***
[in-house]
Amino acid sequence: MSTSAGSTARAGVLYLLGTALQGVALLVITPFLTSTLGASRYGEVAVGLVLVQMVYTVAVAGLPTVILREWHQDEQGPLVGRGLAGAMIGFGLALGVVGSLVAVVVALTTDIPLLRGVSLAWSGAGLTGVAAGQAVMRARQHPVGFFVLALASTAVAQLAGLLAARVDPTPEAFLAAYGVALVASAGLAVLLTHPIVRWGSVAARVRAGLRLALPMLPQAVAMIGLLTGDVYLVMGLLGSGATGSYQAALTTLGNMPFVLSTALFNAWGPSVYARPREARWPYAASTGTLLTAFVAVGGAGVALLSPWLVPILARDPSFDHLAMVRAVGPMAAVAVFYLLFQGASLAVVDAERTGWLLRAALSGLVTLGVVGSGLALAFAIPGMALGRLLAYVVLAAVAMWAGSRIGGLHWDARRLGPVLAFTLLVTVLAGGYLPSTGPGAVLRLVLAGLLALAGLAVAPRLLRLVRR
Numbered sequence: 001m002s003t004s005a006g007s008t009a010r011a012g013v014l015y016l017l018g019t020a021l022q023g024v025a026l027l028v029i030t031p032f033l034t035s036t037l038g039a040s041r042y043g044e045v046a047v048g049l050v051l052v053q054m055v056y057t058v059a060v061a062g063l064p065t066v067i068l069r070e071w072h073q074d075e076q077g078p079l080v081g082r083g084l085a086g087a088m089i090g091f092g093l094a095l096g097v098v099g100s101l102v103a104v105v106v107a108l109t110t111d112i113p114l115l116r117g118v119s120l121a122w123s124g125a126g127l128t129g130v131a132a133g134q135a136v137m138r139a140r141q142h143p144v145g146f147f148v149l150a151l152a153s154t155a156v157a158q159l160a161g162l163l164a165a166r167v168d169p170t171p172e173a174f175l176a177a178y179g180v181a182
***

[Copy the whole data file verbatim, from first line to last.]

[in-house]
Amino acid sequence: MSTSAGSTARAGVLYLLGTALQGVALLVITPFLTSTLGASRYGEVAVGLVLVQMVYTVAVAGLPTVILREWHQDEQGPLVGRGLAGAMIGFGLALGVVGSLVAVVVALTTDIPLLRGVSLAWSGAGLTGVAAGQAVMRARQHPVGFFVLALASTAVAQLAGLLAARVDPTPEAFLAAYGVALVASAGLAVLLTHPIVRWGSVAARVRAGLRLALPMLPQAVAMIGLLTGDVYLVMGLLGSGATGSYQAALTTLGNMPFVLSTALFNAWGPSVYARPREARWPYAASTGTLLTAFVAVGGAGVALLSPWLVPILARDPSFDHLAMVRAVGPMAAVAVFYLLFQGASLAVVDAERTGWLLRAALSGLVTLGVVGSGLALAFAIPGMALGRLLAYVVLAAVAMWAGSRIGGLHWDARRLGPVLAFTLLVTVLAGGYLPSTGPGAVLRLVLAGLLALAGLAVAPRLLRLVRR
Numbered sequence: 001m002s003t004s005a006g007s008t009a010r011a012g013v014l015y016l017l018g019t020a021l022q023g024v025a026l027l028v029i030t031p032f033l034t035s036t037l038g039a040s041r042y043g044e045v046a047v048g049l050v051l052v053q054m055v056y057t058v059a060v061a062g063l064p065t066v067i068l069r070e071w072h073q074d075e076q077g078p079l080v081g082r083g084l085a086g087a088m089i090g091f092g093l094a095l096g097v098v099g100s101l102v103a104v105v106v107a108l109t110t111d112i113p114l115l116r117g118v119s120l121a122w123s124g125a126g127l128t129g130v131a132a133g134q135a136v137m138r139a140r141q142h143p144v145g146f147f148v149l150a151l152a153s154t155a156v157a158q159l160a161g162l163l164a165a166r167v168d169p170t171p172e173a174f175l176a177a178y179g180v181a182